California has expanded the ability of its local agencies to use progressive design-build contracts for certain infrastructure projects in a bid to control costs and remain on schedule.
Gov. Gavin Newsom in July signed into law the latest progressive design-build measure, Senate Bill 146, which allows the Department of Water Resources and the California Department of Transportation to each use a progressive design-build structure for up to eight projects that cost more than $25 million.
On Thursday, the state Assembly passed a pair of bills that would expand the same ability to transit agencies and municipalities. Senate bills 617 and 706 have been sent back to the Senate, which already passed them, to resolve differing amendments.
The measures build on the state’s law enacted last year that expanded local agencies’ authority to use progressive design-build contracts for certain water-related infrastructure projects. And separately, as part of the fiscal 2021-2022 budget, the General Assembly authorized a handful of state agencies, which did not include Caltrans or the water department, to use the progressive design-build method, with state approval.
The use of progressive design-build structures for infrastructure has grown in popularity in the last three years since it was first introduced as a delivery model in Canada in 2020, said Mary Salamone, an attorney with Procopio, Cory, Hargreaves & Savitch LLP, in a Sept. 20 article.
Most public agencies use traditional design-bid-build in which the public entity completes the design of the project before awarding a contract, which by law must go the lowest responsible bidder. Under a progressive design-build method, a qualified private partner is brought in early in the project for design and preconstruction work. Once a design is roughly half complete, the public agency and private partner will negotiate a total maximum price and then move to the second phase to complete the design and construction.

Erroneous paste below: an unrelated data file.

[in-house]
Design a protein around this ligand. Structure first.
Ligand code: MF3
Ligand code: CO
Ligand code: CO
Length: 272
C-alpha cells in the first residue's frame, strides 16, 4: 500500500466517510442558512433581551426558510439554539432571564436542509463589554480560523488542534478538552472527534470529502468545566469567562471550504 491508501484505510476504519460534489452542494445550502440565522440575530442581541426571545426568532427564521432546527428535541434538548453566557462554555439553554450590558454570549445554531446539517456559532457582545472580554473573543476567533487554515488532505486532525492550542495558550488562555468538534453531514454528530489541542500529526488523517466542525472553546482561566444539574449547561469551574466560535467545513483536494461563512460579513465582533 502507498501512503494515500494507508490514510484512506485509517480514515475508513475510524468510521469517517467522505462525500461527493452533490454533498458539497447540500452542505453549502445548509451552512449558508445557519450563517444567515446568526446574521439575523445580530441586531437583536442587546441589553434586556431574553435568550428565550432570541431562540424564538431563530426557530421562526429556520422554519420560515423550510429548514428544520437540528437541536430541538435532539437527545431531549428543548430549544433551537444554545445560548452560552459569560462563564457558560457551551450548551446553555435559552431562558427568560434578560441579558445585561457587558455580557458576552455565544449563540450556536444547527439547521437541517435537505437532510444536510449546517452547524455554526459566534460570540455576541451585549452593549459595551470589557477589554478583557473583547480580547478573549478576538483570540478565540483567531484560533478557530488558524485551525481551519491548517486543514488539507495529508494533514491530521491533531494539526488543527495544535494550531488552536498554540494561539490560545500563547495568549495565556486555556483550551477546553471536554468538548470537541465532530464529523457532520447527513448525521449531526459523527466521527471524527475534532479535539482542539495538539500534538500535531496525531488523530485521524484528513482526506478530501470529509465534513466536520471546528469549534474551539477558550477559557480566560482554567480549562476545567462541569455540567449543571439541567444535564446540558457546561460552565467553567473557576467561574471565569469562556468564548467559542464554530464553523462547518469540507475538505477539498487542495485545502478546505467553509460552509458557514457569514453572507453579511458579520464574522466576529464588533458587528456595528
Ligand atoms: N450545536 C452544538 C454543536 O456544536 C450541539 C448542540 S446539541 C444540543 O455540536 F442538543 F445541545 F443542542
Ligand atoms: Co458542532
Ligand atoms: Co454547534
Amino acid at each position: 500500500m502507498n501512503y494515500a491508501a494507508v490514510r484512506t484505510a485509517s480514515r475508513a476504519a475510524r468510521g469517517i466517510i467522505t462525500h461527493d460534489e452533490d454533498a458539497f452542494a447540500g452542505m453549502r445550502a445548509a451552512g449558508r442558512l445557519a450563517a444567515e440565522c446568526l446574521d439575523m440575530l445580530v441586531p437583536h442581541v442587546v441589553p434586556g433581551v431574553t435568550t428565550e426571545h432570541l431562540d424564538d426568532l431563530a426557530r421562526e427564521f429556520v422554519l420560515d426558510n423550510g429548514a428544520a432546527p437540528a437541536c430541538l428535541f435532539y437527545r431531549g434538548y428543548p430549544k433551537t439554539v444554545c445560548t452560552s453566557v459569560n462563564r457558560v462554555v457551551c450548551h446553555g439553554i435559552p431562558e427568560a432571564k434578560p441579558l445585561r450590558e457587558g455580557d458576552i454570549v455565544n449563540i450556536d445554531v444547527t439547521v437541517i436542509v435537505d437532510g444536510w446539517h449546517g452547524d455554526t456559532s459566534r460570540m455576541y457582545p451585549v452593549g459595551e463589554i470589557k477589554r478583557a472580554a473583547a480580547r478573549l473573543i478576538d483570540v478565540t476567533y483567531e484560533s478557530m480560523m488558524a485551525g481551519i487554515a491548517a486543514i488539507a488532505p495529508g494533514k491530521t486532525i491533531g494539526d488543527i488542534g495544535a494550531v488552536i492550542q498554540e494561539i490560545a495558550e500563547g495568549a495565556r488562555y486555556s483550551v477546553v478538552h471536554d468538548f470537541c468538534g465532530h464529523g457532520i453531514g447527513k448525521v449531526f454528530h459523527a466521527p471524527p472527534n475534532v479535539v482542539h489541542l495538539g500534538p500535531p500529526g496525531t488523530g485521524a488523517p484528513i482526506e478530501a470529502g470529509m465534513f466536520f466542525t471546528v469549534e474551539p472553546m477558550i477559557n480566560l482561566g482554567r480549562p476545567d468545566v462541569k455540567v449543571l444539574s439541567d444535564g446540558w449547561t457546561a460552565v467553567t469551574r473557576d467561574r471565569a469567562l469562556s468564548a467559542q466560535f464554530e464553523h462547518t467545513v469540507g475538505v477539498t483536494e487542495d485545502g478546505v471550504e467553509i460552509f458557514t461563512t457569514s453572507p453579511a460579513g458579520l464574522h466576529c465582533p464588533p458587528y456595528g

The method can “allow for collaboration between everyone from the beginning, which helps ensure projects meet agency needs, control costs, and remain on schedule,” according to a legislative summary of California’s SB 607, the bill that would allow municipalities to use the procurement method.
As opposed to full-fledged public-private partnerships, in which a contractor is typically locked into a price, the progressive design build model allows for price flexibility that is particularly important in the current high inflationary environment.
The progressive design-build measures have put California on Squire Patton Boggs’ radar, the law firm said Thursday in a post on public-private partnerships.
“It’s time for the private sector to pay attention and interact with state governments as each state is marching to the beat of its own drums when it comes to P3 legislation,” the firm said. “While not necessarily efficient, the market is full of opportunities for the private sector in terms of procurement and financing. Even with state and federal funds, there is a huge need for private sector investment.”